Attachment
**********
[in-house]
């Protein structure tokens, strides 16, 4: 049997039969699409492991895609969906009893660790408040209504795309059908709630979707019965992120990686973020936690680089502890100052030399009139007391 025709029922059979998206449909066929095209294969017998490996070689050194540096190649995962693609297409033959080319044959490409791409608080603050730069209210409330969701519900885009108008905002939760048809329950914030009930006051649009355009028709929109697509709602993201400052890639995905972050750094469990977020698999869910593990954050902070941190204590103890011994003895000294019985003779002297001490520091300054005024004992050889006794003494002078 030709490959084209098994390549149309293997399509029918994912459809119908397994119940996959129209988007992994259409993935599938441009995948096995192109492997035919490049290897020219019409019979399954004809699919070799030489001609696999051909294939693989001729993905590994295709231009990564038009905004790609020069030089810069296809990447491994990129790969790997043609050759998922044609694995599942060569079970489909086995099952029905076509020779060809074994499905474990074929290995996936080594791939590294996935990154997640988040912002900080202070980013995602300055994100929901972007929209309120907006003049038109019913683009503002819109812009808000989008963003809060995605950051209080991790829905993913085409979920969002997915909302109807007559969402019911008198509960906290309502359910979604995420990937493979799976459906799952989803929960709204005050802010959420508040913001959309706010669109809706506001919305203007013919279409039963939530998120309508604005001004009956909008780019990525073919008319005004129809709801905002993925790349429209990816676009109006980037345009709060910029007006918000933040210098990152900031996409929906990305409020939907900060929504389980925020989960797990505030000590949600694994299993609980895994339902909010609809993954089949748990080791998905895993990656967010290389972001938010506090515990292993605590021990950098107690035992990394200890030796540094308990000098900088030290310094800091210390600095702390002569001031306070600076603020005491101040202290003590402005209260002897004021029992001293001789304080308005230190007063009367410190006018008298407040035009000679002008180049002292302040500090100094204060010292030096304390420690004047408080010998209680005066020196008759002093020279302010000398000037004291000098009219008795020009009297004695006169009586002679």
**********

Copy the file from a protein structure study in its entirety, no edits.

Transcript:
[in-house]
């Protein structure tokens, strides 16, 4: 049997039969699409492991895609969906009893660790408040209504795309059908709630979707019965992120990686973020936690680089502890100052030399009139007391 025709029922059979998206449909066929095209294969017998490996070689050194540096190649995962693609297409033959080319044959490409791409608080603050730069209210409330969701519900885009108008905002939760048809329950914030009930006051649009355009028709929109697509709602993201400052890639995905972050750094469990977020698999869910593990954050902070941190204590103890011994003895000294019985003779002297001490520091300054005024004992050889006794003494002078 030709490959084209098994390549149309293997399509029918994912459809119908397994119940996959129209988007992994259409993935599938441009995948096995192109492997035919490049290897020219019409019979399954004809699919070799030489001609696999051909294939693989001729993905590994295709231009990564038009905004790609020069030089810069296809990447491994990129790969790997043609050759998922044609694995599942060569079970489909086995099952029905076509020779060809074994499905474990074929290995996936080594791939590294996935990154997640988040912002900080202070980013995602300055994100929901972007929209309120907006003049038109019913683009503002819109812009808000989008963003809060995605950051209080991790829905993913085409979920969002997915909302109807007559969402019911008198509960906290309502359910979604995420990937493979799976459906799952989803929960709204005050802010959420508040913001959309706010669109809706506001919305203007013919279409039963939530998120309508604005001004009956909008780019990525073919008319005004129809709801905002993925790349429209990816676009109006980037345009709060910029007006918000933040210098990152900031996409929906990305409020939907900060929504389980925020989960797990505030000590949600694994299993609980895994339902909010609809993954089949748990080791998905895993990656967010290389972001938010506090515990292993605590021990950098107690035992990394200890030796540094308990000098900088030290310094800091210390600095702390002569001031306070600076603020005491101040202290003590402005209260002897004021029992001293001789304080308005230190007063009367410190006018008298407040035009000679002008180049002292302040500090100094204060010292030096304390420690004047408080010998209680005066020196008759002093020279302010000398000037004291000098009219008795020009009297004695006169009586002679």